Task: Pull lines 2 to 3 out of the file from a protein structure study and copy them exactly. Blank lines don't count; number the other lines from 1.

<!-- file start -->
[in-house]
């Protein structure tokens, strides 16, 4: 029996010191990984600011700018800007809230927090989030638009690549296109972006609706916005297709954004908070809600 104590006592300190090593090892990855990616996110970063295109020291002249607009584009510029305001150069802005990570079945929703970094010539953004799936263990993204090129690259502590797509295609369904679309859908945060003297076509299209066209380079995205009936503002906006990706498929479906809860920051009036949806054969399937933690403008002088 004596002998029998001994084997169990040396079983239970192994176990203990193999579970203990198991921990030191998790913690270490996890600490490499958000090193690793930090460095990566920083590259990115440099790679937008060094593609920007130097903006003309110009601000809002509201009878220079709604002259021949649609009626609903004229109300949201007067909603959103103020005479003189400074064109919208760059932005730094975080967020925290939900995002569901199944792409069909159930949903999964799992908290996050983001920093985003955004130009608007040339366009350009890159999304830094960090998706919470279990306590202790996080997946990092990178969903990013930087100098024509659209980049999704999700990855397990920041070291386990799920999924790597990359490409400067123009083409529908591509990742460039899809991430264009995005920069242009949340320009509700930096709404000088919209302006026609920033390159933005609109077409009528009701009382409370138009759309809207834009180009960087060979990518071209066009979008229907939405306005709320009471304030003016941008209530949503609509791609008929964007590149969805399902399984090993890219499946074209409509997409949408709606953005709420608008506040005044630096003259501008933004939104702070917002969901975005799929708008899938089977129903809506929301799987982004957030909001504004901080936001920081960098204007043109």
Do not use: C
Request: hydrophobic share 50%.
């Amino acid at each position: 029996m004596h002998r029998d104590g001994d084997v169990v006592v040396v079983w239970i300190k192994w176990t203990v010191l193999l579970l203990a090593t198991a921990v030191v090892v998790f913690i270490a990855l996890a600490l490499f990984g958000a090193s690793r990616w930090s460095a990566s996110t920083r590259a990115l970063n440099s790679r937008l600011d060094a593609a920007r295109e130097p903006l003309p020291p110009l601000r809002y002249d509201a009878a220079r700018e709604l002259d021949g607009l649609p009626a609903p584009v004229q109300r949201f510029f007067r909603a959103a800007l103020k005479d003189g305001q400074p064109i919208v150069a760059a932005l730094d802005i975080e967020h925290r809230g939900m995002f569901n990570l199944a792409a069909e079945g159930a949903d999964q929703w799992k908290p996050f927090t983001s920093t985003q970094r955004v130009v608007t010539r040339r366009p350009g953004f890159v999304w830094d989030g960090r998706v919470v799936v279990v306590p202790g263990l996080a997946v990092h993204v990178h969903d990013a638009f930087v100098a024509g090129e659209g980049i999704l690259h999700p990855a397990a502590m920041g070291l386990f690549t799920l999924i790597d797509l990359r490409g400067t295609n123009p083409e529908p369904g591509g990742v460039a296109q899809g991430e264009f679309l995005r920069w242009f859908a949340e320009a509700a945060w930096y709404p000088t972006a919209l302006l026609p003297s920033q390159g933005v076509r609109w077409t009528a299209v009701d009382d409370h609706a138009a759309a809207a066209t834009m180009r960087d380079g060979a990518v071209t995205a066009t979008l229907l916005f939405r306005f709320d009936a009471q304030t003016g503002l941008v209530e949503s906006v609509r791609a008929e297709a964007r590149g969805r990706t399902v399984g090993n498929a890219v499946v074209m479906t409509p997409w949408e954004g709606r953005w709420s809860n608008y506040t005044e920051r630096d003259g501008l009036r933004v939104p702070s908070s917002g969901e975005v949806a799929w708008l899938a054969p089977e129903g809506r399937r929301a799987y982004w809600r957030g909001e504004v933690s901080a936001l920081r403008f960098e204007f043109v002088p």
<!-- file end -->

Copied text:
């Protein structure tokens, strides 16, 4: 029996010191990984600011700018800007809230927090989030638009690549296109972006609706916005297709954004908070809600 104590006592300190090593090892990855990616996110970063295109020291002249607009584009510029305001150069802005990570079945929703970094010539953004799936263990993204090129690259502590797509295609369904679309859908945060003297076509299209066209380079995205009936503002906006990706498929479906809860920051009036949806054969399937933690403008002088 004596002998029998001994084997169990040396079983239970192994176990203990193999579970203990198991921990030191998790913690270490996890600490490499958000090193690793930090460095990566920083590259990115440099790679937008060094593609920007130097903006003309110009601000809002509201009878220079709604002259021949649609009626609903004229109300949201007067909603959103103020005479003189400074064109919208760059932005730094975080967020925290939900995002569901199944792409069909159930949903999964799992908290996050983001920093985003955004130009608007040339366009350009890159999304830094960090998706919470279990306590202790996080997946990092990178969903990013930087100098024509659209980049999704999700990855397990920041070291386990799920999924790597990359490409400067123009083409529908591509990742460039899809991430264009995005920069242009949340320009509700930096709404000088919209302006026609920033390159933005609109077409009528009701009382409370138009759309809207834009180009960087060979990518071209066009979008229907939405306005709320009471304030003016941008209530949503609509791609008929964007590149969805399902399984090993890219499946074209409509997409949408709606953005709420608008506040005044630096003259501008933004939104702070917002969901975005799929708008899938089977129903809506929301799987982004957030909001504004901080936001920081960098204007043109």
Do not use: C